Covid-19 can lead to mental health problems; 'treat patient as a whole'

The Covid-19 global scene reinforced the view that physical diseases too are induced by problems of mind

Update: 2021-01-27 21:10 GMT
Anthony Banash receives a COVID-19 Pfizer vaccination at Harbor-UCLA Medical Center on January 21, 2021 in Torrance, California. Banash was the first patient to receive the vaccine at the hospital. (Mario Tama/Getty Images/AFP)

Hyderabad: Mental health issues due to the Covid-19 crisis saw a major spike since last year and this will impact cardiovascular health and result in more cases of heart diseases and strokes.

The Covid-19 global scene reinforced the view that physical diseases too are induced by problems of mind. In a statement, the American Heart Association has advised cardiologists to look not only at heart ailments in their physical form but also in terms of the psychological problems that the pandemic could induce. "Treat a patient as a whole," the AHA has advised.

Depression, chronic stress, anxiety, anger, pessimism, and dissatisfaction about one's life are all associated with potentially harmful biological responses. Prolonged feelings of depression and anxiety can lead to irregular heart-rates and rhythm. Some of the affected have complained of stomach ache, ulcers and lack of interest in food.

The stress incurred in the form of job loss, financial stress, loss of family members due to the pandemic, all can lead to mental illness and this can also cause blood pressure, inflammation and reduced blood flow to the heart.

During the pandemic, those who come to doctors with problems of the heart have to be closely examined. It is important to not only understand their physical lifestyle -- too much sitting, alcohol intake, smoking and dangerous food habits, but also their psychological stress.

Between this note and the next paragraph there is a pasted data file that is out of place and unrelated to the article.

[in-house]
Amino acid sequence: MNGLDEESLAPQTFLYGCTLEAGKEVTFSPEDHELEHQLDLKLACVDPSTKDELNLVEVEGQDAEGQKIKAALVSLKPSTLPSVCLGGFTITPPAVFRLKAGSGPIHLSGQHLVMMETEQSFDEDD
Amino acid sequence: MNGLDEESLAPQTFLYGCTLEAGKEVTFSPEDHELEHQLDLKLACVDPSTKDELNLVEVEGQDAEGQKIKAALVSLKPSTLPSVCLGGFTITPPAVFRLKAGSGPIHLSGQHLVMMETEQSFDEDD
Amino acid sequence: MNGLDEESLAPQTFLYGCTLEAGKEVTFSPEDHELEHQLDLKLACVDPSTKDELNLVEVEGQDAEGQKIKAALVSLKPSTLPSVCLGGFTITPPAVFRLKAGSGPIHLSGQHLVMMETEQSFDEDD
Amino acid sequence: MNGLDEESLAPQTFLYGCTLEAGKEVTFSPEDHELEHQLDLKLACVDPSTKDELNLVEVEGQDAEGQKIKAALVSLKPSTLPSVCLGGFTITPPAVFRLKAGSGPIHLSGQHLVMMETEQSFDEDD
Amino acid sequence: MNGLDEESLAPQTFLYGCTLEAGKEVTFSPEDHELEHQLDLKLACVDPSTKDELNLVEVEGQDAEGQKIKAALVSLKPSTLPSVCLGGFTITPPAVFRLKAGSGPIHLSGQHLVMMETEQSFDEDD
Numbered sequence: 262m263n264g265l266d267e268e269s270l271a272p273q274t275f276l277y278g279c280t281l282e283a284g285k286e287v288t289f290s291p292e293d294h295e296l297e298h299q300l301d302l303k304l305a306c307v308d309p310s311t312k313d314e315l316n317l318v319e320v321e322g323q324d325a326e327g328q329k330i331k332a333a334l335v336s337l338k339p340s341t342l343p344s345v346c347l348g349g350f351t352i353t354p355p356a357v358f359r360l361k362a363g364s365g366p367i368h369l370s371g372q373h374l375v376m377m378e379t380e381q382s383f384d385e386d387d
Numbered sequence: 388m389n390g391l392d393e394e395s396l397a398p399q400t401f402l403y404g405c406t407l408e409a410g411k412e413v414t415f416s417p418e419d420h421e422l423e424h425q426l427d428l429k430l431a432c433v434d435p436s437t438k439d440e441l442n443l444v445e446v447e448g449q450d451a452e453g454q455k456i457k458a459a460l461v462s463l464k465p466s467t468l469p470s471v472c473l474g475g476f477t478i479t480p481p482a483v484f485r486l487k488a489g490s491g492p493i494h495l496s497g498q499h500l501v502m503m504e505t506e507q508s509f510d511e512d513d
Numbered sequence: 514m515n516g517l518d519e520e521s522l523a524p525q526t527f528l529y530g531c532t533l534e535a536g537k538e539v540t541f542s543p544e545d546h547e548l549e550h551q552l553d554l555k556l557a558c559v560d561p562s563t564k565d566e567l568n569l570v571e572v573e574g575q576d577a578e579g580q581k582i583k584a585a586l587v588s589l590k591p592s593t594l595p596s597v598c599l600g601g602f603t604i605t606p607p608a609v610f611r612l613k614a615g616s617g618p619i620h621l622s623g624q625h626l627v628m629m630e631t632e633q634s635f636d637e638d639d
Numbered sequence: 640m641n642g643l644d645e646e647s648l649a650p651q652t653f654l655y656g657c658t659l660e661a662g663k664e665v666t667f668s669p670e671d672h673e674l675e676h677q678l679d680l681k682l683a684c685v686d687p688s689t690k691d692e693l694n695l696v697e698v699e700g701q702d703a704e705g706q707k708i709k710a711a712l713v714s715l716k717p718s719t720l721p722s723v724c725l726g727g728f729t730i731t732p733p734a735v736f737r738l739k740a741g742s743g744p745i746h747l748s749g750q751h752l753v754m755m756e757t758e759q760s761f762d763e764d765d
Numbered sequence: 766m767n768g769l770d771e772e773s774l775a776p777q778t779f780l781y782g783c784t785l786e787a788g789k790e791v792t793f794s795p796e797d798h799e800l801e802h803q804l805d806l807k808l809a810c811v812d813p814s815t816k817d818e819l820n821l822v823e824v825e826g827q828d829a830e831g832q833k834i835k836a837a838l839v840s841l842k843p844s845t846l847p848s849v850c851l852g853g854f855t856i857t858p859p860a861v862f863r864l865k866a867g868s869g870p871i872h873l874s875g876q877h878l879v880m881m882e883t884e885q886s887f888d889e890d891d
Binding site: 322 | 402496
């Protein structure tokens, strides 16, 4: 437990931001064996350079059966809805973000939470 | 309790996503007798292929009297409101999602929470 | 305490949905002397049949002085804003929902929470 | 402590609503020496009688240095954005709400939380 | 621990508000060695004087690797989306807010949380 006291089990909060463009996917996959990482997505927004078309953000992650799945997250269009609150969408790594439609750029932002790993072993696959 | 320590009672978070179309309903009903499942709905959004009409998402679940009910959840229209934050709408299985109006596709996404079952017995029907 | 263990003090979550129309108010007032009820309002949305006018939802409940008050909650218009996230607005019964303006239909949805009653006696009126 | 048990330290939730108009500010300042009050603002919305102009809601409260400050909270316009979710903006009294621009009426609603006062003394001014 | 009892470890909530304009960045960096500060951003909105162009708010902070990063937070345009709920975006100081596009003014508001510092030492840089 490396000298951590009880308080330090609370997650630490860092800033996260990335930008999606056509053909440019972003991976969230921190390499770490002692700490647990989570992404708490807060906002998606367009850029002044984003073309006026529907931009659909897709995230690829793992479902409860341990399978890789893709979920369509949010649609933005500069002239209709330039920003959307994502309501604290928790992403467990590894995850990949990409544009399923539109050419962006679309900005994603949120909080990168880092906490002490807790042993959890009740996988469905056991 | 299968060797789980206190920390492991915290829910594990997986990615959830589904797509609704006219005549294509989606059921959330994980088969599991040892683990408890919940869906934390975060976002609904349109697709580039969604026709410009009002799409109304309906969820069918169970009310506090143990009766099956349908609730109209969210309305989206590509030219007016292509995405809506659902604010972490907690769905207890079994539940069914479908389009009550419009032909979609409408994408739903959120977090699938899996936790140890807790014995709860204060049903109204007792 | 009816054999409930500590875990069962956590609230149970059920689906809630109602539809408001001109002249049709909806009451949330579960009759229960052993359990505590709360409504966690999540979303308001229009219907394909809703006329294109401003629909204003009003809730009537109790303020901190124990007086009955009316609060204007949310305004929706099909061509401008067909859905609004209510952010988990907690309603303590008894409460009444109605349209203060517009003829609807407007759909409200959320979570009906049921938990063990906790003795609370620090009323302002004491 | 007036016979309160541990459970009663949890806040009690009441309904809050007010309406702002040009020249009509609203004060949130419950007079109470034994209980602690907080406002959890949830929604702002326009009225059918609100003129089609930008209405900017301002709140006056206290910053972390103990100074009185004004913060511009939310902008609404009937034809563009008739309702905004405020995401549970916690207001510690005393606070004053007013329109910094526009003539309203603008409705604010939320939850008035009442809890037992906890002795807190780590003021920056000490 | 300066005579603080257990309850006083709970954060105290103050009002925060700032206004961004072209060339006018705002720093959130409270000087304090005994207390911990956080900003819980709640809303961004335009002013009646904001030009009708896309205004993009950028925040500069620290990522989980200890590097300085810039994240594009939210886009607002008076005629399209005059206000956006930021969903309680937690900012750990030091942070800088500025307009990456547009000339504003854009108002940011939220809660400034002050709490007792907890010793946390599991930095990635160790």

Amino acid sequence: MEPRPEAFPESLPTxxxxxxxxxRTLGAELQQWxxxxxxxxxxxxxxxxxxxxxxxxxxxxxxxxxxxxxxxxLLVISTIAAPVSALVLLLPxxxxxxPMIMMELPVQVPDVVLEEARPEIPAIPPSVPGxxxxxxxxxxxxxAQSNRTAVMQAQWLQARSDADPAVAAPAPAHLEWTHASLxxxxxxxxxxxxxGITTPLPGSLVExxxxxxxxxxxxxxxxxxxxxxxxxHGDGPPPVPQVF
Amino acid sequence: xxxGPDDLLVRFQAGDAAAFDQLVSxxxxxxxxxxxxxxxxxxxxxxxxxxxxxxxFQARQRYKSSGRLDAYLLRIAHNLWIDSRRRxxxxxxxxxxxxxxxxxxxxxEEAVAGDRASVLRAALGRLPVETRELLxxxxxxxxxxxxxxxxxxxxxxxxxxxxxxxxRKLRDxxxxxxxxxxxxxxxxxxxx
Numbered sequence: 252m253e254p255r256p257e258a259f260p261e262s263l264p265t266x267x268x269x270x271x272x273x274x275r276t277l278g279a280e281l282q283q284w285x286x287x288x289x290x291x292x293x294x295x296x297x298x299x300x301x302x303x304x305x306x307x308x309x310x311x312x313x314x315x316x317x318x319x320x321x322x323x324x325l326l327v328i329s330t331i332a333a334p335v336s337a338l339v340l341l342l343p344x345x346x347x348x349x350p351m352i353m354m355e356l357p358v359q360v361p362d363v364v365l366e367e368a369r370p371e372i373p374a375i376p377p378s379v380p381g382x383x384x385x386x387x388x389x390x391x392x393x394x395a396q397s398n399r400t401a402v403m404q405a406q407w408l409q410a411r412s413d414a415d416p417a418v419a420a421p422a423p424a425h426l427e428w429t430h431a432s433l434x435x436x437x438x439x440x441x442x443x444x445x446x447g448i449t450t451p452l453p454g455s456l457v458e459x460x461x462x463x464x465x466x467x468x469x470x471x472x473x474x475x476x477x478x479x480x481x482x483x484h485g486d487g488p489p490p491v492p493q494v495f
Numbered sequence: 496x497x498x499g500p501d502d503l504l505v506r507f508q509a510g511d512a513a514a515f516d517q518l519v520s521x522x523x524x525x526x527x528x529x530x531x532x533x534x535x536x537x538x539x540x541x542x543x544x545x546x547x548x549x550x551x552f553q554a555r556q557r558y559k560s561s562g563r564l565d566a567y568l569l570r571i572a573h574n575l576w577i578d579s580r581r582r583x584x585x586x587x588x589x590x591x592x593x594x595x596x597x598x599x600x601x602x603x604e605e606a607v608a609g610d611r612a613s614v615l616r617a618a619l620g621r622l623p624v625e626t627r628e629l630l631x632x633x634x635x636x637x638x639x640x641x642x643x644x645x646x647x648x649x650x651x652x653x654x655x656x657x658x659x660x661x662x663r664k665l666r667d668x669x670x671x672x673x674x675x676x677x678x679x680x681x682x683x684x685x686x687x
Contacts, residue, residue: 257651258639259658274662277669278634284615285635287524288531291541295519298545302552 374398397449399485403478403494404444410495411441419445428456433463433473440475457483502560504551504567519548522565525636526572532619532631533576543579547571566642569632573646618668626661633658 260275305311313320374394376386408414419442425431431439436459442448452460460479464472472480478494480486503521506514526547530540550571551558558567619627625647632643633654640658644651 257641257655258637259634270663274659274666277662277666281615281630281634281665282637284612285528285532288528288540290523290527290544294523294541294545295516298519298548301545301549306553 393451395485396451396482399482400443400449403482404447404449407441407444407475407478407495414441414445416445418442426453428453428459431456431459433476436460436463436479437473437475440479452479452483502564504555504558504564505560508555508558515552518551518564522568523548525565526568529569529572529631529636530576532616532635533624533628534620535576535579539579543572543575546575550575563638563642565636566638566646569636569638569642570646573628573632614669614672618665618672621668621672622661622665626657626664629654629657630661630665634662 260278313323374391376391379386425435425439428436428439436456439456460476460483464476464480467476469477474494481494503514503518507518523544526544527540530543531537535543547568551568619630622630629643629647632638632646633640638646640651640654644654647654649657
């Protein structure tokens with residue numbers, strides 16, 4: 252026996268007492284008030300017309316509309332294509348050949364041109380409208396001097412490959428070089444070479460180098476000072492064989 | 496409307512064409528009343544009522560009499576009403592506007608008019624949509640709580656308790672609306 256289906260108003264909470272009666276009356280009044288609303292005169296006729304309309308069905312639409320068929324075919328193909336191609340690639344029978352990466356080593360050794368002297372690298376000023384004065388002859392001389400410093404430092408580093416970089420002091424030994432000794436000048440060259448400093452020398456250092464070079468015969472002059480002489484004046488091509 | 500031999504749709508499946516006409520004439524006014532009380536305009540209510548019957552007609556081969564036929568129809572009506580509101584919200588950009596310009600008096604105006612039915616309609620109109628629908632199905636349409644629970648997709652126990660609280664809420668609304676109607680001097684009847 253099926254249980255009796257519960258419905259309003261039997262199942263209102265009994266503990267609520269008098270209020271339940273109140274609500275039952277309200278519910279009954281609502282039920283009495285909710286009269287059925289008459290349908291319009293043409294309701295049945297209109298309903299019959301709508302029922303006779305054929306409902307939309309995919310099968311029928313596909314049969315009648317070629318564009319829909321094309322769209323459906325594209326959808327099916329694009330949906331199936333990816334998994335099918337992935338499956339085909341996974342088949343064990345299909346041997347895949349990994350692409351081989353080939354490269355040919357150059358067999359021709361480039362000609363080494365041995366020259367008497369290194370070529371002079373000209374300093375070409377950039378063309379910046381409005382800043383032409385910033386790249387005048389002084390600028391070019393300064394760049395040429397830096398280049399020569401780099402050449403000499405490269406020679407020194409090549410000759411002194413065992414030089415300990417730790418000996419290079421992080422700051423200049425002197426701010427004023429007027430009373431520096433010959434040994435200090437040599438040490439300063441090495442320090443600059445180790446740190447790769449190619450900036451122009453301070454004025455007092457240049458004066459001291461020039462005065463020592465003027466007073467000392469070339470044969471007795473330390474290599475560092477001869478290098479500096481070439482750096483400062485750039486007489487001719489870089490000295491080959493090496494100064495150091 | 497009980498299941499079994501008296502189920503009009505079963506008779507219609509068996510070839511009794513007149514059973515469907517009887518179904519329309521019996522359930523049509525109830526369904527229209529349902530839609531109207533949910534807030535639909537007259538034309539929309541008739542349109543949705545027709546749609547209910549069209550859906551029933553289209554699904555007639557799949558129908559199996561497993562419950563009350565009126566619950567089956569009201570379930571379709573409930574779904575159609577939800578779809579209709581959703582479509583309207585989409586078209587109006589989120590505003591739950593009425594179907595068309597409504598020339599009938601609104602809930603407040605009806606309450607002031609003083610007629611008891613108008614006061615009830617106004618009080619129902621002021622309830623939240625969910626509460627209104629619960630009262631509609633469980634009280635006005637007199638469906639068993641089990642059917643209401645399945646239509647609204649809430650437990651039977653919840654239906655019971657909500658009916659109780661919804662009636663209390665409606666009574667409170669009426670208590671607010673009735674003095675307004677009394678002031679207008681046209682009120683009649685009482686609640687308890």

Says Dr K.K. Aggarwal, senior cardiologist: “A look at psychological health, its well-being and mind-heart-body connection clearly show that mental health can positively or negatively impact health and (add to) risk factors for heart disease and stroke.”

Earlier, depression was a serious concern, but now other stressors have been added as the pandemic has induced a compromised state of coping-ability for many people.

Dr Sai Ravi Shanker, senior consultant cardiologist at SLG Hospital, said, “We have to no longer focus only on coronary, myocardial, valvular or electrophysiological pathology but also try and improve mental, emotional, psychological and overall well-being of those we care for.”

Negative psychological states and processes of the mind adversely affect our heart's health. There is new evidence linking depression and cardiac mortality. For this reason, numerous mind-body interventions for one's well-being like medication, mindfulness, stress management and cognitive behaviour therapy are important.


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